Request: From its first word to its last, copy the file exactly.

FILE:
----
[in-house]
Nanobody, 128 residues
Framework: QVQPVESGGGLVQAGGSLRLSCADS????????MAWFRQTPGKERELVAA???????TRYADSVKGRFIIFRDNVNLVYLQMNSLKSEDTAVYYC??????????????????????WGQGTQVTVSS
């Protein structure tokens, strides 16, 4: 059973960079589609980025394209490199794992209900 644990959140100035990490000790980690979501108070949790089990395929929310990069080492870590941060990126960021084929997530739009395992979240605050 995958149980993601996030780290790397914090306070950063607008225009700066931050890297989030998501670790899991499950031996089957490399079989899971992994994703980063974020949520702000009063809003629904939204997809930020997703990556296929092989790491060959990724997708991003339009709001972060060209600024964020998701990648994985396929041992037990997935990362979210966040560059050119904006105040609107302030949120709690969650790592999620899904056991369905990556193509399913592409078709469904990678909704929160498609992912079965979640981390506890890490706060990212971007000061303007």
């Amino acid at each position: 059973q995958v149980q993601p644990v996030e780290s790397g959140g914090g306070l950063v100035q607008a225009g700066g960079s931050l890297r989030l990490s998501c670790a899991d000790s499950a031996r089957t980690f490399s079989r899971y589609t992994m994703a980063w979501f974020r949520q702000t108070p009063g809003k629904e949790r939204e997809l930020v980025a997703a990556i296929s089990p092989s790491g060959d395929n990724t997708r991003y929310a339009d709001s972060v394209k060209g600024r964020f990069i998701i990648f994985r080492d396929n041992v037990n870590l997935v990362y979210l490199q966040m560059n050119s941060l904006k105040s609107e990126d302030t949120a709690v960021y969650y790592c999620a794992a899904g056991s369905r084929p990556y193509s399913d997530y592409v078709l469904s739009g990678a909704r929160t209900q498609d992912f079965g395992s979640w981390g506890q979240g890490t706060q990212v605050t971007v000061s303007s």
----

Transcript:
[in-house]
Nanobody, 128 residues
Framework: QVQPVESGGGLVQAGGSLRLSCADS????????MAWFRQTPGKERELVAA???????TRYADSVKGRFIIFRDNVNLVYLQMNSLKSEDTAVYYC??????????????????????WGQGTQVTVSS
């Protein structure tokens, strides 16, 4: 059973960079589609980025394209490199794992209900 644990959140100035990490000790980690979501108070949790089990395929929310990069080492870590941060990126960021084929997530739009395992979240605050 995958149980993601996030780290790397914090306070950063607008225009700066931050890297989030998501670790899991499950031996089957490399079989899971992994994703980063974020949520702000009063809003629904939204997809930020997703990556296929092989790491060959990724997708991003339009709001972060060209600024964020998701990648994985396929041992037990997935990362979210966040560059050119904006105040609107302030949120709690969650790592999620899904056991369905990556193509399913592409078709469904990678909704929160498609992912079965979640981390506890890490706060990212971007000061303007």
């Amino acid at each position: 059973q995958v149980q993601p644990v996030e780290s790397g959140g914090g306070l950063v100035q607008a225009g700066g960079s931050l890297r989030l990490s998501c670790a899991d000790s499950a031996r089957t980690f490399s079989r899971y589609t992994m994703a980063w979501f974020r949520q702000t108070p009063g809003k629904e949790r939204e997809l930020v980025a997703a990556i296929s089990p092989s790491g060959d395929n990724t997708r991003y929310a339009d709001s972060v394209k060209g600024r964020f990069i998701i990648f994985r080492d396929n041992v037990n870590l997935v990362y979210l490199q966040m560059n050119s941060l904006k105040s609107e990126d302030t949120a709690v960021y969650y790592c999620a794992a899904g056991s369905r084929p990556y193509s399913d997530y592409v078709l469904s739009g990678a909704r929160t209900q498609d992912f079965g395992s979640w981390g506890q979240g890490t706060q990212v605050t971007v000061s303007s």